Fact #3 – Your muscle will not turn to fat! Unless you throw healthy eating to the wolves when you throw your weight lifting to them, as well, your muscle won’t turn to fat…you will gain fat and lose muscle mass. Here’s the thing. Muscle and fat are two different properties. Fat goes away with exercise, and muscle can (and should) be built by doing exercise. Trying to lose the last 12 or so pounds with my elliptical trainer and weights has been a Godsend. I know that to build muscle, you have to eat more than your TDEE, and lots of protein to get there. If you quit lifting AND eating correctly, you’re going to see muscle loss and fat gain. Muscle loss due to inactivity, as well as a lack of healthy diet will make you heavier. Muscle seems to disappear when you aren’t feeding it correctly. This is one of those situations that I struggle with daily. I want to eat to lose fat, but still not starve my muscles. Simply put, if you pay attention to your TDEE, and be honest about it, and eat your recommended calories, you won’t get “fat,” as it were.
Fact #4 – While I know that weight training burns calories after we stop picking heavy stuff up and putting it down, it doesn’t give me license to to go hog wild where food is concerned. Protein is important. REALLY important. I have an open food diary on My Fitness Pal, and I have a friend who will call me on the carpet when I am short on my protein macros. This is important. Protein is a big, hairy deal where muscles are concerned. Eat healthy. Period. If you want to know what your TDEE is, your TDEE-20%, etc, please visit Scooby’s site here. Be advised that you HAVE to be honest about your activity levels, however…
Fact #5 – If you are lifting Barbie pink dumbbells that weigh less than your handbag, then you’re doing it wrong. I don’t mean to be hateful, but let’s look at it how it is…If your handbag weighs more than the dumbbells you’re lifting? That’s simply a waste of your time. (And if you are anything like me, time is a very precious commodity.) Don’t blow it on cute dumbbells. Spend your time wisely picking up barbells with the appropriate weight plates on them, focusing on PROPER form, and go from there.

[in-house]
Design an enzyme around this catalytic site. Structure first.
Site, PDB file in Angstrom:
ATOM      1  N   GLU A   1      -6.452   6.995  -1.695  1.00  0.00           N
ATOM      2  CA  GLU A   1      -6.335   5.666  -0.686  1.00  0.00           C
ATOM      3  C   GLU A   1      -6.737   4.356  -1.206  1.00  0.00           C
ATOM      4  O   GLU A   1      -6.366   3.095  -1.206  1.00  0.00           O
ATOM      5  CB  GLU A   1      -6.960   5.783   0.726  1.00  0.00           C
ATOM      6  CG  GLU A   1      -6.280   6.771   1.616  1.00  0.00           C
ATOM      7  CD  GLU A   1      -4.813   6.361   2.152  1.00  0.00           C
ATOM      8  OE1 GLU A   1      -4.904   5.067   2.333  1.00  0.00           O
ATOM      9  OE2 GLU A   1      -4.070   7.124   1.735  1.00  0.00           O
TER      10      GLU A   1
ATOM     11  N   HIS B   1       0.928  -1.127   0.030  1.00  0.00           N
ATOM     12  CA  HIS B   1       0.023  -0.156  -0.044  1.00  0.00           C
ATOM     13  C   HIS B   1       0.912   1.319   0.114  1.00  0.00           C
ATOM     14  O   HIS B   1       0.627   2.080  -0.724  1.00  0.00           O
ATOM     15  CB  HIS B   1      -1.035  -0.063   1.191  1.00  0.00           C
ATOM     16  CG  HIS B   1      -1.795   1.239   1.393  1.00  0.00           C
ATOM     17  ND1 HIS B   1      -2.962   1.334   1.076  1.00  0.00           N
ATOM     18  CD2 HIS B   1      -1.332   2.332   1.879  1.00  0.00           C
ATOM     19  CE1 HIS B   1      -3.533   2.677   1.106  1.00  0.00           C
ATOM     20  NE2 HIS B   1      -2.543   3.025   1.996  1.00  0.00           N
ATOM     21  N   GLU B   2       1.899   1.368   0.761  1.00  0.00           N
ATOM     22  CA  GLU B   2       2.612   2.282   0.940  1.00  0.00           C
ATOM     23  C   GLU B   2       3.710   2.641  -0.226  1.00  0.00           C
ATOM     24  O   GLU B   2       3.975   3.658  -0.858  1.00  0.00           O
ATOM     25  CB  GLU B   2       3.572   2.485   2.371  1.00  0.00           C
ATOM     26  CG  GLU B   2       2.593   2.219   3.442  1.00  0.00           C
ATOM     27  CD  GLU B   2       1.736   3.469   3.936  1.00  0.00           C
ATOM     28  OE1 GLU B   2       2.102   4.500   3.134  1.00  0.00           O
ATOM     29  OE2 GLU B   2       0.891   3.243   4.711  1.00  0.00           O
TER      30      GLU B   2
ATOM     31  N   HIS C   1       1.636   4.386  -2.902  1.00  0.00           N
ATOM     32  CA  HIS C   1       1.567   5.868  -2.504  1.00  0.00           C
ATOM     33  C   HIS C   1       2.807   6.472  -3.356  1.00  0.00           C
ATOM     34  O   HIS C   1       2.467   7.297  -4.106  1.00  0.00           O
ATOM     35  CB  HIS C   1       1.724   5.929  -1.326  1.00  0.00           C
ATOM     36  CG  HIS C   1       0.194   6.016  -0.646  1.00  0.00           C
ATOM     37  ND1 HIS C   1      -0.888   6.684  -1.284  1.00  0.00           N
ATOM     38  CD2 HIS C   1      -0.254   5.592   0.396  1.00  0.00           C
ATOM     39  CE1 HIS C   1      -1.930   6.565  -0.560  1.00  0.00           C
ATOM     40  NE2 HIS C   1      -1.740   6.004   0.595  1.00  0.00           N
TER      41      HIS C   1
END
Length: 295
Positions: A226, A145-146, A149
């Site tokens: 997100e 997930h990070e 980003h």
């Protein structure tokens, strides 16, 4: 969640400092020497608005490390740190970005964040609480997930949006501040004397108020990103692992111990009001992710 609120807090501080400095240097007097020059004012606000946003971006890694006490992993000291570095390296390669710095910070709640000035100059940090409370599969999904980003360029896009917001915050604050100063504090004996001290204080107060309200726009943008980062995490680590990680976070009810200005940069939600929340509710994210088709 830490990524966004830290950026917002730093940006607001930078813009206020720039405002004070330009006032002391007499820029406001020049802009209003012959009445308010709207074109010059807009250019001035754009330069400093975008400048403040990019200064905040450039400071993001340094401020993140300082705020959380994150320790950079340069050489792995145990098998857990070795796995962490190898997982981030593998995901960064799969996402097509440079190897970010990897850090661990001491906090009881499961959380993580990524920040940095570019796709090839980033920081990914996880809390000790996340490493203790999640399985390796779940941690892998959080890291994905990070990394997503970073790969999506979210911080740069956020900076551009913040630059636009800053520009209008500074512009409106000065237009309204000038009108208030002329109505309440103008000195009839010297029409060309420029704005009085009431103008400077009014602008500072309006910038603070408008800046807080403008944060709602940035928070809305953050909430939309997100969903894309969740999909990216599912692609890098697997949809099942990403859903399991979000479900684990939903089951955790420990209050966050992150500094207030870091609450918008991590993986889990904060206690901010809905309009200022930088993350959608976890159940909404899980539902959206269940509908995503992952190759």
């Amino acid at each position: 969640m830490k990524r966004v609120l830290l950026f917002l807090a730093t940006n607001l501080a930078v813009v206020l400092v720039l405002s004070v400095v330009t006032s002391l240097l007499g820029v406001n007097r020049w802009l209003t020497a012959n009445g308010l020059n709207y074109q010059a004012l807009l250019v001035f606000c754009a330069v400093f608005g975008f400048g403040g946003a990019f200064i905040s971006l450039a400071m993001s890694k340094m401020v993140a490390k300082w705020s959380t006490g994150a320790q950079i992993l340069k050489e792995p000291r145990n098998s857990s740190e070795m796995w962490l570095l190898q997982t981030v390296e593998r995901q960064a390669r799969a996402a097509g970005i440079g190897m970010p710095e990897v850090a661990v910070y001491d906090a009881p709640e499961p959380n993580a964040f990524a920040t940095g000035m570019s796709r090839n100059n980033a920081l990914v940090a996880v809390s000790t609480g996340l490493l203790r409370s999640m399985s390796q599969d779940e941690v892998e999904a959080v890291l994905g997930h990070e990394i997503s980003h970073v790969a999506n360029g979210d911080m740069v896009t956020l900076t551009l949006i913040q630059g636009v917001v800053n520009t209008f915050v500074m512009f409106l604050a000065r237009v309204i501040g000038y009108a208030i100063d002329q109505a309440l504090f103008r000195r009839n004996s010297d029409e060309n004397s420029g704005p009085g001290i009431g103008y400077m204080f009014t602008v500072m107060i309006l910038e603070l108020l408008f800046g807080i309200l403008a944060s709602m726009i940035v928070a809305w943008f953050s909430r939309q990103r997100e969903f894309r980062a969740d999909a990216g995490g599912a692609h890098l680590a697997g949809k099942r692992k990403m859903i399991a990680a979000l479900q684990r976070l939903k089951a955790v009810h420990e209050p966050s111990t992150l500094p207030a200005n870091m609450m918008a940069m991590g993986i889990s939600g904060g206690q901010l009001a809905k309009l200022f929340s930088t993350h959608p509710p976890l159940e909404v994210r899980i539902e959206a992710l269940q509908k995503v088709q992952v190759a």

So, with those myths debunked, let’s talk about the benefits of heavy lifting for women:
You will be physically stronger. This comes in handy when there is a 40 pound bag of birdseed at the feed store available, but no cart. (We feed our wild birds black oil sunflower seeds, and it’s cheaper (cheeper? no pun intended) to buy bulk. Just sayin’.
You will lose body fat. That, alone, should be music to any woman’s ears, provided she’s wanting to lose fat. Have y’all heard the term, “skinny fat”? It’s reserved for people that are skin and bone, uber light weight, that are still squishy. I used to be skinny fat. Weighed about 120 pounds after having my eldest son, at 5 foot 7 inches. I was skin and bone and had zero strength. I gained about ten pounds after the birth of my second son. I was still soft and mushy, even at 5 foot 7 inches and 130 lbs. Let me tell you that body fat percentage is more important than scale weight (to me).
You will gain strength. You never know when your significant other might become disabled and lose the ability to lift and carry the heavy stuff. While I still have 15-20 pounds to drop, however, I can still lift and carry things I never thought possible…and that’s after less than three months of strength training.
You will reduce the chances of osteoporosis. Weight lifting increases bone density. ‘Nuff said. My mom takes Boniva once every however many months, and while I love her? I choose not to follow in those particular footsteps.
You will reduce your chance of back pain and arthritis. The stronger you keep your core and back muscles, the better chance you have of avoiding the aforementioned.
You reduce your chances of heart disease, and diabetes. These two items alone make me happy. For more information, click here.
To further back up my statements, I encourage you to visit the following sites:
Myths of Women’s Weight Training and Bodybuilding
Why You Don’t Have to Get Bulky
Until next time….
YAY!! GOOD JOB!!! Proud of you!!
Thank you, SD!